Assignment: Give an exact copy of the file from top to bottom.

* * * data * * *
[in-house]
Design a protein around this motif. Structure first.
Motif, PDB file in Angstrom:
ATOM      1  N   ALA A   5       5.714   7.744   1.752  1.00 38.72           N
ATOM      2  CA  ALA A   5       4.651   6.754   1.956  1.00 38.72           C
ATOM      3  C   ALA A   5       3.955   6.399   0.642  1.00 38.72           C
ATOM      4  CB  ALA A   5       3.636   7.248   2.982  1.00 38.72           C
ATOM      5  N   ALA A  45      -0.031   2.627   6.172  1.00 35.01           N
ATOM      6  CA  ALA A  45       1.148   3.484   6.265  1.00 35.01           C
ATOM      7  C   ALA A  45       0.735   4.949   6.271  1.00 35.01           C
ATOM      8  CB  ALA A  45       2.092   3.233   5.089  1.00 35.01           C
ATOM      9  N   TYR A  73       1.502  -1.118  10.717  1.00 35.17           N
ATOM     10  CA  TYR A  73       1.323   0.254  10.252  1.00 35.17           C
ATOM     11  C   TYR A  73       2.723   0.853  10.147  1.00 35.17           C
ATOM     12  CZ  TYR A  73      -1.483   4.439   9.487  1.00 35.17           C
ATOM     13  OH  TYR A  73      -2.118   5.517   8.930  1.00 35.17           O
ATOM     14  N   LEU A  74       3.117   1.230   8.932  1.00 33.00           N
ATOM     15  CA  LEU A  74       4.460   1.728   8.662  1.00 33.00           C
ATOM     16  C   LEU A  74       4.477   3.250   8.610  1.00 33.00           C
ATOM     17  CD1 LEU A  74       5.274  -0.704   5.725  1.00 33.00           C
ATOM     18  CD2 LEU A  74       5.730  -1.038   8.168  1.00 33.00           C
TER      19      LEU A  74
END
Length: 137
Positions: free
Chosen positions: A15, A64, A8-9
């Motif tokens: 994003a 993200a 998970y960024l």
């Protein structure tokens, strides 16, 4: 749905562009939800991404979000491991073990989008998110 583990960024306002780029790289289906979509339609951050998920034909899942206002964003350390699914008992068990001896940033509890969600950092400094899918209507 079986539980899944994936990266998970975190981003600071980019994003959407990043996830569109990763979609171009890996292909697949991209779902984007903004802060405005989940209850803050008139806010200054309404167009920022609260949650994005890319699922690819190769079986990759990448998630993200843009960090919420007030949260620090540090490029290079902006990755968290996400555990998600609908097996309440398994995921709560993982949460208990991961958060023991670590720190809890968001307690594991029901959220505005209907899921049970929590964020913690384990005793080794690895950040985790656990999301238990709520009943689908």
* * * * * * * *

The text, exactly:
[in-house]
Design a protein around this motif. Structure first.
Motif, PDB file in Angstrom:
ATOM      1  N   ALA A   5       5.714   7.744   1.752  1.00 38.72           N
ATOM      2  CA  ALA A   5       4.651   6.754   1.956  1.00 38.72           C
ATOM      3  C   ALA A   5       3.955   6.399   0.642  1.00 38.72           C
ATOM      4  CB  ALA A   5       3.636   7.248   2.982  1.00 38.72           C
ATOM      5  N   ALA A  45      -0.031   2.627   6.172  1.00 35.01           N
ATOM      6  CA  ALA A  45       1.148   3.484   6.265  1.00 35.01           C
ATOM      7  C   ALA A  45       0.735   4.949   6.271  1.00 35.01           C
ATOM      8  CB  ALA A  45       2.092   3.233   5.089  1.00 35.01           C
ATOM      9  N   TYR A  73       1.502  -1.118  10.717  1.00 35.17           N
ATOM     10  CA  TYR A  73       1.323   0.254  10.252  1.00 35.17           C
ATOM     11  C   TYR A  73       2.723   0.853  10.147  1.00 35.17           C
ATOM     12  CZ  TYR A  73      -1.483   4.439   9.487  1.00 35.17           C
ATOM     13  OH  TYR A  73      -2.118   5.517   8.930  1.00 35.17           O
ATOM     14  N   LEU A  74       3.117   1.230   8.932  1.00 33.00           N
ATOM     15  CA  LEU A  74       4.460   1.728   8.662  1.00 33.00           C
ATOM     16  C   LEU A  74       4.477   3.250   8.610  1.00 33.00           C
ATOM     17  CD1 LEU A  74       5.274  -0.704   5.725  1.00 33.00           C
ATOM     18  CD2 LEU A  74       5.730  -1.038   8.168  1.00 33.00           C
TER      19      LEU A  74
END
Length: 137
Positions: free
Chosen positions: A15, A64, A8-9
């Motif tokens: 994003a 993200a 998970y960024l």
């Protein structure tokens, strides 16, 4: 749905562009939800991404979000491991073990989008998110 583990960024306002780029790289289906979509339609951050998920034909899942206002964003350390699914008992068990001896940033509890969600950092400094899918209507 079986539980899944994936990266998970975190981003600071980019994003959407990043996830569109990763979609171009890996292909697949991209779902984007903004802060405005989940209850803050008139806010200054309404167009920022609260949650994005890319699922690819190769079986990759990448998630993200843009960090919420007030949260620090540090490029290079902006990755968290996400555990998600609908097996309440398994995921709560993982949460208990991961958060023991670590720190809890968001307690594991029901959220505005209907899921049970929590964020913690384990005793080794690895950040985790656990999301238990709520009943689908």